N DISCUSSIONS OF LITURGY, one often notices people lumping together problems that are really quite distinct and, therefore, demand different treatments. As a Thomist, I find it helpful to make distinctions and place phenomena in categories.
It seems to me that we are dealing with three categories:
1. The Discontinuous.
2. The Dubious.
3. The Abusive.
As an example of the first, one may cite the new calendar of the modern Roman rite, with its substitution of Ordinary Time for the Season after Pentecost, its abolition of the ancient octave of Pentecost, the removal of pre-Lent, Rogation days, and Ember days, and so forth. Speaking generally, many features of the Ordinary Form are discontinuous with the liturgical tradition that preceded it. This is a problem so serious that it can be repaired only by a pope or an ecumenical council, although naturally bishops and priests can do much to circumvent it simply by returning to the last integral expression of the Roman Rite, the 1962 Missale Romanum, and celebrating it more and more widely. This, in itself, will bring long-term healing by setting up the highest standard and introducing many faithful to the timeless riches of the ancient form of the liturgy.
The second category contains things that are anti-traditional but currently permitted―for example, communion in the hand, females in the sanctuary, the celebration of Mass against the people rather than towards the East, the use of organ during Lent, and other departures from centuries-old practice. Unlike the first, however, this category can be addressed directly by bishops and priests. In particular, bishops are empowered to keep the liturgical life of their dioceses safe from corruption or, if it is already damaged, to bring it back into harmony with Catholic tradition.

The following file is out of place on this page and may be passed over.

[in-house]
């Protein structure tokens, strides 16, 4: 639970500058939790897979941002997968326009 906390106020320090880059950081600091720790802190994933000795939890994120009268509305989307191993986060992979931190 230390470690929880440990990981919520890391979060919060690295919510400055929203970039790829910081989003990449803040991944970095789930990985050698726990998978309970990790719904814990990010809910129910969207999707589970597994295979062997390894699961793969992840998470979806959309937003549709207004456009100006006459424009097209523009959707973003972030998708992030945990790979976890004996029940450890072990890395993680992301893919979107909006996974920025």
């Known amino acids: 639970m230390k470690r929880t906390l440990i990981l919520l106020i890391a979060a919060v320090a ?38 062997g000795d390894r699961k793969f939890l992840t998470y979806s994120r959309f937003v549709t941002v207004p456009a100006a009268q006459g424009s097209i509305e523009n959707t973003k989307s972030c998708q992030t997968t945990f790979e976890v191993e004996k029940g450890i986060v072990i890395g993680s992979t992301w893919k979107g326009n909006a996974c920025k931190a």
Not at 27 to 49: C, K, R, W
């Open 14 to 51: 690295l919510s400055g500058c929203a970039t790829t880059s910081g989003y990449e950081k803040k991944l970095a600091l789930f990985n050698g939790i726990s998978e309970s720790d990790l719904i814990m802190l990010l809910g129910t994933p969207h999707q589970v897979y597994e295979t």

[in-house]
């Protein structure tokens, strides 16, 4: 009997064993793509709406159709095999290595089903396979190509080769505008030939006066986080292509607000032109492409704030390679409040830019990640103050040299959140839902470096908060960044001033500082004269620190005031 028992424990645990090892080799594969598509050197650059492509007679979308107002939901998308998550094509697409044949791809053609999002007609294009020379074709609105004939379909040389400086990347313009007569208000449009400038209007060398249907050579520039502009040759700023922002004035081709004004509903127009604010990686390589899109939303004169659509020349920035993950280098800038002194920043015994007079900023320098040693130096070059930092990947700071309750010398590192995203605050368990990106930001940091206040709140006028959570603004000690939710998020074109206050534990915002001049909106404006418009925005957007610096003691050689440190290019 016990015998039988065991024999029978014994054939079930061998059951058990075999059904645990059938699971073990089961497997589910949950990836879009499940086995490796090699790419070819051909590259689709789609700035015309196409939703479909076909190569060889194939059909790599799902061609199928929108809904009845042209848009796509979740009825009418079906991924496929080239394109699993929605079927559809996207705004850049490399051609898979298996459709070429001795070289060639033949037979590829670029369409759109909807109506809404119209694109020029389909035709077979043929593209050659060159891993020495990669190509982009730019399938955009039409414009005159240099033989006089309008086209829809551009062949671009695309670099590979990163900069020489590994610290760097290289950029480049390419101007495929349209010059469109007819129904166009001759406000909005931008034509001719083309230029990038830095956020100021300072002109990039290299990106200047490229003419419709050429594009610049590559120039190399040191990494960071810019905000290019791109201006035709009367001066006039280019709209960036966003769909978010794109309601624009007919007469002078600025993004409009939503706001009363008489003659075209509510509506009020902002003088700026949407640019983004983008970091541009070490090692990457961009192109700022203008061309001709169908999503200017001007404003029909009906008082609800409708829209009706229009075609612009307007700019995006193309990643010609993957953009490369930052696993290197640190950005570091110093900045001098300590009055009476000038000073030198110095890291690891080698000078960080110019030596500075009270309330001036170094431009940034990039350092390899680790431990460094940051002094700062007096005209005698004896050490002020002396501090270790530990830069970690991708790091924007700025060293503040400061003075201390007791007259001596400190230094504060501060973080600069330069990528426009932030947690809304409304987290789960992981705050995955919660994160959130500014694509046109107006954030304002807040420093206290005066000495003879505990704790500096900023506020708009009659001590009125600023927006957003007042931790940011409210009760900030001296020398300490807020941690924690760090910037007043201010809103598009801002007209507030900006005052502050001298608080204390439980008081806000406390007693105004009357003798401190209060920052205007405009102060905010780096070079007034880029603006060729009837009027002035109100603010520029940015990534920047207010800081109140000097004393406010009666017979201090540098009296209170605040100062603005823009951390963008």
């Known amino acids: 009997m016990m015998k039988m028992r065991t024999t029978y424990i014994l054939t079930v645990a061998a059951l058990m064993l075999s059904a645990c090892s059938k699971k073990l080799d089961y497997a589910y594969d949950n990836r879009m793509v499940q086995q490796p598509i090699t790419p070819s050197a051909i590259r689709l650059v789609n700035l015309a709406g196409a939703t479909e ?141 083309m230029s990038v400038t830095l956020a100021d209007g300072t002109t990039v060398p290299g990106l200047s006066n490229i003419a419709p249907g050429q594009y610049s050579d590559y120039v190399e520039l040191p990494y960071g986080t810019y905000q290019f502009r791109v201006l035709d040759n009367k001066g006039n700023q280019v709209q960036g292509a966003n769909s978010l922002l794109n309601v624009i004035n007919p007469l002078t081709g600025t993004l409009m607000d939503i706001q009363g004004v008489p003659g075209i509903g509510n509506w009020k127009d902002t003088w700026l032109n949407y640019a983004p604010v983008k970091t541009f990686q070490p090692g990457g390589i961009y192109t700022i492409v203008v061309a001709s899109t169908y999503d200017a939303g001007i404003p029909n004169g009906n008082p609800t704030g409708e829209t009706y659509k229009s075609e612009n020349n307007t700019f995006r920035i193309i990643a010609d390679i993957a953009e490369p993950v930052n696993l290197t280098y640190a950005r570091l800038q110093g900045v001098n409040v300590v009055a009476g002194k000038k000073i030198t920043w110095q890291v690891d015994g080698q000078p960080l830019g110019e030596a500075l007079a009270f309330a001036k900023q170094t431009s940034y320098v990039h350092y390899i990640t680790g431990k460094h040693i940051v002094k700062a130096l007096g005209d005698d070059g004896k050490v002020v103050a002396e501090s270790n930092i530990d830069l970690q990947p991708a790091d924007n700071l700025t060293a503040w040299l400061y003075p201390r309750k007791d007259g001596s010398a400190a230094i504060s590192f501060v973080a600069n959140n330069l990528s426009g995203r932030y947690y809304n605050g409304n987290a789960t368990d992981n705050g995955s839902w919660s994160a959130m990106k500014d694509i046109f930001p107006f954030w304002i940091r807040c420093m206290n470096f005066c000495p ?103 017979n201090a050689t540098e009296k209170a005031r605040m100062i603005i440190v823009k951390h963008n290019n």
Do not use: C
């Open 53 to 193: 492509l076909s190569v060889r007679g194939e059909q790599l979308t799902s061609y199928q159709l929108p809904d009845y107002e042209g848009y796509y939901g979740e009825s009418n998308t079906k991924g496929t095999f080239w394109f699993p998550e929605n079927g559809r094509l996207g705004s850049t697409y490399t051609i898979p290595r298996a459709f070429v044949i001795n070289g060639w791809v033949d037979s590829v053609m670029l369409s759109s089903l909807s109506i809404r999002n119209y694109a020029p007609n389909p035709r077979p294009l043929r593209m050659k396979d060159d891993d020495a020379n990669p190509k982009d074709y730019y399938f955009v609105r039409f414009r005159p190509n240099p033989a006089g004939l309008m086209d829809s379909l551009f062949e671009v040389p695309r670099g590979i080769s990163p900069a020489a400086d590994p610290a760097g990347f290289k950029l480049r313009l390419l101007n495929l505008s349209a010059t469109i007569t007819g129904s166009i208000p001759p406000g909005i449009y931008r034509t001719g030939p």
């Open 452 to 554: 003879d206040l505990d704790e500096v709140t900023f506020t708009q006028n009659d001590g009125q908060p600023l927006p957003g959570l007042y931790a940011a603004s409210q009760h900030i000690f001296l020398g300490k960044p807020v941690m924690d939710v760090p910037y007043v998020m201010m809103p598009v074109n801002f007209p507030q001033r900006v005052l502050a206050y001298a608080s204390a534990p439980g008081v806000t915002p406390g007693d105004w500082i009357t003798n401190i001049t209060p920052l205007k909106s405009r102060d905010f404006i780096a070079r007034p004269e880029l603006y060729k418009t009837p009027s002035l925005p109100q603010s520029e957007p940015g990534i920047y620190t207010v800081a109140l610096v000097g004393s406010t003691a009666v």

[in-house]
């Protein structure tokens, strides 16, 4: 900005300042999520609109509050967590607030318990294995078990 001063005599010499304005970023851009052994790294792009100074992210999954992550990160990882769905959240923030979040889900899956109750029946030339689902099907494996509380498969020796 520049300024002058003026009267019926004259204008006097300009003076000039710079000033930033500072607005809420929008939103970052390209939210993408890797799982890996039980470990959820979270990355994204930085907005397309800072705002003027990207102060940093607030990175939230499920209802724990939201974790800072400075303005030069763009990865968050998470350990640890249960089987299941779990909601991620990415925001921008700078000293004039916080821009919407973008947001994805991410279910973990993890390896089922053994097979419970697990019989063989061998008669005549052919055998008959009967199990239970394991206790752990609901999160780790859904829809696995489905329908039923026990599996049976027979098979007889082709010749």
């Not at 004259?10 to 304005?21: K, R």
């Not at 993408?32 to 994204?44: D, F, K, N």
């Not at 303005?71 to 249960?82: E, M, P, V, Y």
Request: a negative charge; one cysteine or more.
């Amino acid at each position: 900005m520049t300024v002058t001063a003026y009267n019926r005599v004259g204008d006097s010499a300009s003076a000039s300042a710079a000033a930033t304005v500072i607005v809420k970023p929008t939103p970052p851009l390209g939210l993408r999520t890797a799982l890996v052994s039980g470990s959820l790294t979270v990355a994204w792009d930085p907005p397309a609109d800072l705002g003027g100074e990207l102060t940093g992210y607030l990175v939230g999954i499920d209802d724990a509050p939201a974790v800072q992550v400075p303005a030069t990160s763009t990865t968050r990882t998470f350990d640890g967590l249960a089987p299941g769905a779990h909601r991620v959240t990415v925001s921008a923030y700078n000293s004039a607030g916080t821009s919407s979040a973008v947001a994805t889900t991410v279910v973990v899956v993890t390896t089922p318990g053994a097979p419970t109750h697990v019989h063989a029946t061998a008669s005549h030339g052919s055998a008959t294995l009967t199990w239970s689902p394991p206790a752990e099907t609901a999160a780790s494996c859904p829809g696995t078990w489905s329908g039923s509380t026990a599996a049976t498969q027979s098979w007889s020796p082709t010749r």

The third category refers to things that are not permitted by the Apostolic See but are nonetheless widespread, of which by far the most common example is the “habitual use of extraordinary ministers of holy communion,” which has been repeatedly excluded by church legislation. Of course, the combination of worldwide rebellion against the rules and an utter lack of will-power on the part of ecclesiastical authorities to implement them means, in practice, that nearly everything is tolerated and the rules are made a mockery of. Still, problems in this category are precisely the kind that any priest is allowed to repair on his own authority, since they are abuses of the discipline that he is required to uphold.
THE MORE OUR YOUNG PEOPLE become educated about their Catholic Faith, its traditions and history, the less they will be able to tolerate the postconciliar aberrations in any of these categories. The hermeneutic of rupture and discontinuity can survive only to the extent that people are poorly catechized and educated. Give them the truth, and they will say: “Why are we doing all this other stuff?” A sound theological education is pretty much the direct opposite of the spirit of Vatican II.
The Church is changing: the youth are more demanding and discerning, and they are not satisfied with glib, sentimental, condescending, or duplicitous answers. They are attracted to the Extraordinary Form of the Roman rite for its awesome stillness, its eloquent gestures, the richness of its prayers. It breathes the spirit of prayer, and if prayer is what you’re looking for, you want the real thing―glowing hot coals in the woodstove, not the electric heater. Yes, the rupturists and discontinuists will be around a lot longer, but the logic of their own position is such as to push them increasingly to the margins of the Church, from which they will eventually bail out when they see that their progressivist-modernist agenda is never going to win the day. Meanwhile, the tightly-knit, highly motivated, and extremely pro-clergy, pro-religious, and pro-family traditionalist movement, though relatively small in numbers, has the bloom and boldness of youth on it, and, simply from a demographic point of view, looks poised to be the major force shaping Catholicism in the coming decades.
As Fr. John Hunwicke so rightly said: “Benedict’s Age is a good age in which to be alive, an age of the very truest instauratio catholica.”
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